© Benoit Photo
Santa Anita Derby (gr. I) winner Exaggerator has faced Nyquist on four occasions and has lost to his rival each time, most recently when finishing second in the Kentucky Derby (gr. I) at Churchill Downs. Trainer Keith Desormeaux is hoping that the fifth time will be the charm when Exaggerator faces Nyquist on Saturday in the Preakness Stakes (gr. I) at Pimlico, but realizes that the task will be difficult.
“Obviously numbers-wise, horse for horse-wise, it’s tough to think we can beat him, right?” Desormeaux was quoted as saying in a Preakness press release. “But the strongest attribute Exaggerator has is his ability to recover. As you know, this Preakness is run back in two weeks. That’s not normal in this day and age to run a horse back that quickly.
“Nyquist, I think the goal was to keep him fresh by only running him twice this year (before the Derby), but maybe that will backfire. Exaggerator has much more racing experience (10 races to eight), therefore fitness and the attribute of recovering quickly.”
Exaggerator at Pimlico on May 17th – Video courtesy of the Maryland Jockey Club
But does Exaggerator know how many times he has lost to Nyquist? “If (Exaggerator) knows anything about Nyquist, it’s the rear view,” said Desormeaux. “But as far as forgetting or knowing each other, some people say they size each other up in the paddock and maybe warming up. If that’s the case, then I can tell you from a horsemen’s perspective that Exaggerator does not have one nervous bone in his body about looking Nyquist in the eye.
“There are some horses that get nervous. If you watch the Derby paddock scene, Whitmore, Lani and a few others just lost their crackers, sweating up and freezing up. I told my owner (Matt Bryan) leaving the paddock in Kentucky, ‘Matt, what you see here you can’t teach. Your horse has class to the bone.’ And we can’t get him any better.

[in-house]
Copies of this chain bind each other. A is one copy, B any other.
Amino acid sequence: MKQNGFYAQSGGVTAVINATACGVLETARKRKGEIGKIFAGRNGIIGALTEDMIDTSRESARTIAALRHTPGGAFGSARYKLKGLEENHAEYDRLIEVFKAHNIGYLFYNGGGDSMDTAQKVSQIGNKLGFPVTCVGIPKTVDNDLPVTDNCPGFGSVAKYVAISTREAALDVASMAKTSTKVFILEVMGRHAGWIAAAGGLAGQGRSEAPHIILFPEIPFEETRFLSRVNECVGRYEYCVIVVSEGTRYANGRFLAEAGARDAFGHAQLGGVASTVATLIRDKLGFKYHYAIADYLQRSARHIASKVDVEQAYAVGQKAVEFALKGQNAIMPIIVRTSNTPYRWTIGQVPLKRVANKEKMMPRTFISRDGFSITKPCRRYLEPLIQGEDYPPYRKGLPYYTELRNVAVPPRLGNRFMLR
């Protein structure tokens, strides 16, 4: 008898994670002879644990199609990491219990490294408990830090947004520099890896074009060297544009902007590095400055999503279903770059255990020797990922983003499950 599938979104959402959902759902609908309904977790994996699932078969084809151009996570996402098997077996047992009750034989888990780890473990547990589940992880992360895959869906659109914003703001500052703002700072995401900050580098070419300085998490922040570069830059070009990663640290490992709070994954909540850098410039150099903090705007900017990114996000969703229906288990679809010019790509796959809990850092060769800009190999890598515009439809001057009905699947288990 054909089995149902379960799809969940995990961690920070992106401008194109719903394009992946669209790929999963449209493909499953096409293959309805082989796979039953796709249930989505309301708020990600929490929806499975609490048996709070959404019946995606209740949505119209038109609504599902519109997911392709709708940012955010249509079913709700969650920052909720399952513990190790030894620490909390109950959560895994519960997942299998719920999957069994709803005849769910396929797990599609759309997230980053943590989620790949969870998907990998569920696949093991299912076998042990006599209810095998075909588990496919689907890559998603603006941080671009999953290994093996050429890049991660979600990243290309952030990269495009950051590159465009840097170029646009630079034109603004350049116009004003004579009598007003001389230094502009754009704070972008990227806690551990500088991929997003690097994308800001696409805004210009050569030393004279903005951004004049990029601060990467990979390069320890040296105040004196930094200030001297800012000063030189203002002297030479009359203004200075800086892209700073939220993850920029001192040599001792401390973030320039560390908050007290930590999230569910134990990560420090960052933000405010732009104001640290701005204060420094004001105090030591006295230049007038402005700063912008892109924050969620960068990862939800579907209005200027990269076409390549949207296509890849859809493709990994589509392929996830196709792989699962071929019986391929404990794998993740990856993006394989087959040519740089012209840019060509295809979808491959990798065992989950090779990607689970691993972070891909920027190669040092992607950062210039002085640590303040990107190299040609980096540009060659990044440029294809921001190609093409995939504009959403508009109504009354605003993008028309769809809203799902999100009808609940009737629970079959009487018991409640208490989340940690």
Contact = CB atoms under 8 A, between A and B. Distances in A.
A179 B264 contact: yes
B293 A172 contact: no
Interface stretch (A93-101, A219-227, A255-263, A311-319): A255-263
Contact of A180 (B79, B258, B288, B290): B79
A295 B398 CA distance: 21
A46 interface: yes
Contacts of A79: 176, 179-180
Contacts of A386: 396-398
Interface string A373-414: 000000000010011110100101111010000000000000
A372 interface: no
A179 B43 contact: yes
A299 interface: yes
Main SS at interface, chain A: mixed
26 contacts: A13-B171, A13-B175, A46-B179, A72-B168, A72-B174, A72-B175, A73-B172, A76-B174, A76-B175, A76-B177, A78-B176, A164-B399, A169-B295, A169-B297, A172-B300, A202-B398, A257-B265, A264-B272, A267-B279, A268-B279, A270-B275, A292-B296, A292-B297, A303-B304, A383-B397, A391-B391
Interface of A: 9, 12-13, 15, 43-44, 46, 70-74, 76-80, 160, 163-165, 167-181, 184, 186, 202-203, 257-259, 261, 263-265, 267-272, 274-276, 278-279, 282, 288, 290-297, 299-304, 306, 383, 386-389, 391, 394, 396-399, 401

“The bad news is that Nyquist is just as cool and calm. Those are two very classy horses, and they’re not fearful of each other at all.”
In recent races, Exaggerator has employed a late-running style where he closes from far off the pace, but according to Desormeaux, Exaggerator could potentially race close to the lead in the Preakness. “This horse won the Saratoga Special at 6 1/2 (furlongs), sitting a length and a half off the lead turning for home. He’s got all the speed you want. He broke his maiden going five-eighths. It’s pretty cool that a horse going that fast is also that smart. He can control his speed. That’s my job, as a trainer, to teach him to relax, teach him to respect the rider’s commands. And the fact that Exaggerator does that shows his class.
“Now I don’t care if he’s five lengths off or 15 lengths off, as long as he’s comfortable. That’s the jockey’s department, not mine. My job is to teach him to relax; Kent’s job is to judge pace. Where he sits in the race is not a concern to me as long as he’s comfortable. Comfortable usually means clipping off eighths (of a mile) in 12, 12-and-1 (seconds). That’s all we need. If you add that up, that adds up to a mile and a quarter in two minutes flat. If he accomplishes that he’ll win all the races, including the Preakness.”
Regarding Exaggerator’s Tuesday morning training session, during which the colt galloped 1 1/2 miles, Desormeaux said “I thought he floated over the track, and looks like he adapted to the surface real well. That’s about his normal speed, so I wouldn’t consider it aggressive. It was a typical gallop for him, but it was very nice.”
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